Air China, China Southern stay in the red amid travel controls

Two of China’s biggest airlines posted steep third-quarter losses on Friday as the country’s stringent zero-COVID policy reduced domestic demand and kept international flights at a tiny fraction of pre-pandemic levels.

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Air China Ltd and China Southern Airlines reported a combined 14.8 billion yuan ($2.04 billion) third-quarter loss, taking their total losses this year to 45.7 billion yuan.

The fourth-quarter outlook remains dim after a lacklustre week-long National Day holiday in October that saw the number of trips fall 18.2% from last year, according to government data.

The government advised citizens to stay put during the holiday, a popular domestic and international travel period before the pandemic, to curb the spread of COVID-19, even though case numbers in China are small by global standards.

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Beijing-based Air China, the country’s flagship carrier, reported a third-quarter loss of 8.7 billion yuan, narrower than a loss of 10.5 billion yuan in the second quarter when the country experienced major travel disruptions, including a lockdown in Shanghai.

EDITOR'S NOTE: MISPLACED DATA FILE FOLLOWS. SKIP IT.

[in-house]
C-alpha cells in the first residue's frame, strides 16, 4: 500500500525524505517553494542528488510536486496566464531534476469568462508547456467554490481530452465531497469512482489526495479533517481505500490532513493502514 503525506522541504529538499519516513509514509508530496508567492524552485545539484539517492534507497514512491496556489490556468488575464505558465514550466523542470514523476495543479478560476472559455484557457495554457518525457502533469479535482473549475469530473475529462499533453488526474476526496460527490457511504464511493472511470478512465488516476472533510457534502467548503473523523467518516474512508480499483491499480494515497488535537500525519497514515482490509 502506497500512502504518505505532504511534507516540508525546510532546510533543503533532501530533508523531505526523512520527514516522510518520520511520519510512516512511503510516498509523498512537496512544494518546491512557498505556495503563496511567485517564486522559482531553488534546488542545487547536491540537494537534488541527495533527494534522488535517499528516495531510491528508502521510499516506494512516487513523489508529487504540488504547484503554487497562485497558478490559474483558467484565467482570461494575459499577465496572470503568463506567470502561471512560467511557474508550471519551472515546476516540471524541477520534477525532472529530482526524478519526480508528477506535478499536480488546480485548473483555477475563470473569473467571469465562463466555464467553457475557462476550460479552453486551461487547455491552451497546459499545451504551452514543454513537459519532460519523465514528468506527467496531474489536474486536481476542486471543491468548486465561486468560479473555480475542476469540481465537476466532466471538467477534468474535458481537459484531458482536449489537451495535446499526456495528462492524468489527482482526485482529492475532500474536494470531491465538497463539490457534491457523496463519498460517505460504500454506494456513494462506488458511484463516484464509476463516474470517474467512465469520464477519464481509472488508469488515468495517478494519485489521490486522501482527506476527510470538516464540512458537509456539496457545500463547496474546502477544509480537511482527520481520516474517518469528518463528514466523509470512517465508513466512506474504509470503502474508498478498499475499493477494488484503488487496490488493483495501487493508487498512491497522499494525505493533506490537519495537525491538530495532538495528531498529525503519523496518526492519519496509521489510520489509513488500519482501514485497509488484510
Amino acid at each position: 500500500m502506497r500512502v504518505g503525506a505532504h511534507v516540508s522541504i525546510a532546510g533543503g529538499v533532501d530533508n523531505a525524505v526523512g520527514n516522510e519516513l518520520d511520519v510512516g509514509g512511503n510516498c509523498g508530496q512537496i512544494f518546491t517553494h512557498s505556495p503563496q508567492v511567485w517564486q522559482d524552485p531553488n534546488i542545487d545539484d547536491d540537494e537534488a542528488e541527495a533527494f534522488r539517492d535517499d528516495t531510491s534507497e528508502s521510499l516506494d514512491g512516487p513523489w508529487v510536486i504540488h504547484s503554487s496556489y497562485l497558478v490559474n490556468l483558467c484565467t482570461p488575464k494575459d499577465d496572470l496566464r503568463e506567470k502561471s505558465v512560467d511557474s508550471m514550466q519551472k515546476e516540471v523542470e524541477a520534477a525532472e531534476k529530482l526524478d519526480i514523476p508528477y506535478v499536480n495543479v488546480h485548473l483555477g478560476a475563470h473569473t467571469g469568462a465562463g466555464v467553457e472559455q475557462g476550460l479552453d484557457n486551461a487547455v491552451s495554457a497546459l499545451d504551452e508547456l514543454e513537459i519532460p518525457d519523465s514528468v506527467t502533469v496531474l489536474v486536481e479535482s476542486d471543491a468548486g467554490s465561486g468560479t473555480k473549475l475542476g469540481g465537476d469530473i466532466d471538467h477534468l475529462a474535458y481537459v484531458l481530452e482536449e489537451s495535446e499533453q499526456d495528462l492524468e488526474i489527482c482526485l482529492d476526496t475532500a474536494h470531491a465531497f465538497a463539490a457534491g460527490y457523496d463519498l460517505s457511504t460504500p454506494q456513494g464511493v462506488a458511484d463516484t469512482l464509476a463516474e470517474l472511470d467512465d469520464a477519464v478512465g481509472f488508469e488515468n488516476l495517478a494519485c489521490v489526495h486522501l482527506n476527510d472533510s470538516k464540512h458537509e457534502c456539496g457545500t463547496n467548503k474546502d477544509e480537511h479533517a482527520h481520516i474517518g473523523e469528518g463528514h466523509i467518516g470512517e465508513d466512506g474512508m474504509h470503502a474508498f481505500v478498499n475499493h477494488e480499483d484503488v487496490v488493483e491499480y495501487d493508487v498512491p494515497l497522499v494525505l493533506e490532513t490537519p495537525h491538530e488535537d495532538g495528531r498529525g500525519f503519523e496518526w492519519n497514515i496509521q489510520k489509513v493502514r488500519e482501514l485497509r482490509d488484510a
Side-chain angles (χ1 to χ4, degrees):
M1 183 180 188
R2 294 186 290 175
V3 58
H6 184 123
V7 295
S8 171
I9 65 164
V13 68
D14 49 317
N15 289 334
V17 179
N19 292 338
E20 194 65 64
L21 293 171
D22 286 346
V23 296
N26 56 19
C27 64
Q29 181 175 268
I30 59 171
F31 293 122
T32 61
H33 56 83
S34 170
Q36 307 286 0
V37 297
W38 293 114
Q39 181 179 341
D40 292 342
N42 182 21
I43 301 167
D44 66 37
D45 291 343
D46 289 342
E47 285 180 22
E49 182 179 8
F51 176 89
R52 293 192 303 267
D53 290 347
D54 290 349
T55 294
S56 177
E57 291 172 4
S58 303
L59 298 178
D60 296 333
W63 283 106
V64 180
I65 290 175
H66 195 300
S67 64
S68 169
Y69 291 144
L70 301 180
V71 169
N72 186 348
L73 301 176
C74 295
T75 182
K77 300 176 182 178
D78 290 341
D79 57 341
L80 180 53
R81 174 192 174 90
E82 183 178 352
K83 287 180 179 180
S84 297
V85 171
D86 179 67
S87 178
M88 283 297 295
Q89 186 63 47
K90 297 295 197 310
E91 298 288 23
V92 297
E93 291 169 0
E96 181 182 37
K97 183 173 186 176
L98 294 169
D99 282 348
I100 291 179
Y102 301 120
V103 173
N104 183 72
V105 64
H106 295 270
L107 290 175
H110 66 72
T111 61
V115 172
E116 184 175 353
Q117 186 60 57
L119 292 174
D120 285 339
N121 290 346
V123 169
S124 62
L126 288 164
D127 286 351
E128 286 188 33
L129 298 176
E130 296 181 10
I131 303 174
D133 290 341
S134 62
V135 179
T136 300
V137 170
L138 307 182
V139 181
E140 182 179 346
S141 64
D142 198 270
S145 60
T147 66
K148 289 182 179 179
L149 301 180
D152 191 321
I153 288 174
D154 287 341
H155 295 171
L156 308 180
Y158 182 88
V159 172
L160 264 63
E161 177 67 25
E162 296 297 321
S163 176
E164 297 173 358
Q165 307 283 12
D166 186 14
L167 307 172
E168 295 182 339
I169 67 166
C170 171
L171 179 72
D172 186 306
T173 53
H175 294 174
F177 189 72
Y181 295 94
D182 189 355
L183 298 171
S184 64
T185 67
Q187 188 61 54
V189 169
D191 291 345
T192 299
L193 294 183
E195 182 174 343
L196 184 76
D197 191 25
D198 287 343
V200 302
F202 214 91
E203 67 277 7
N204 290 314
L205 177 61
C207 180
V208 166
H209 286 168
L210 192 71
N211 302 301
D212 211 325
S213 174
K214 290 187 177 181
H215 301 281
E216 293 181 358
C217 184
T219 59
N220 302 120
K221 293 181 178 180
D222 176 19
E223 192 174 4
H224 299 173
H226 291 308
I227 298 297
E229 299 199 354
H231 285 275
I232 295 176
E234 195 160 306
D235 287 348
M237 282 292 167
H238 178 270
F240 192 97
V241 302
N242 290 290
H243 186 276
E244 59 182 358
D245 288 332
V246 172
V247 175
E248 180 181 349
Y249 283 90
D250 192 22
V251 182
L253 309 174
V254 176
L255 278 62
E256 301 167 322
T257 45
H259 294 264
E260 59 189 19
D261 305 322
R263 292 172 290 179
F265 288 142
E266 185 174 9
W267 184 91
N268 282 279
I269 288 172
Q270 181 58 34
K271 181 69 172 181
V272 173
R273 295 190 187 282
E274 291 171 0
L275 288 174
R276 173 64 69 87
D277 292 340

Guangzhou-based China Southern Airlines posted a third-quarter loss of 6.1 billion yuan, better than a 7.0 billion yuan loss in the previous quarter.

Rival Shanghai-based China Eastern Airlines is scheduled to report earnings on Sunday.

The three state-owned airlines are resuming some international routes this month after the government in May requested an increase to facilitate travel by staff members at international companies.

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The Civil Aviation Administration of China said on Wednesday that international flights would double for the October-March winter schedule season relative to the prior year to 840 one-way flights per week.

Chinese airlines on average flew 35 international flights a day in September, up 24.5% from August, according to aviation data provider Flight Master. However, the international market remains extremely depressed with current flight numbers at around 5% of 2019 levels.

Most of the additional flights were on Asian routes, with long-haul flights to Europe and North America remaining scarce and expensive.

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China Eastern said on Oct. 17 that it plans to double weekly international flights to 108 by the end of the month, including the return of routes like Kunming-Bangkok and Hangzhou-Tokyo.

A research note issued by CITIC Securities this month forecast international flights would reach 10% of 2019 levels by end of the year. ($1 = 7.2461 Chinese yuan renminbi)

Source: Reuters

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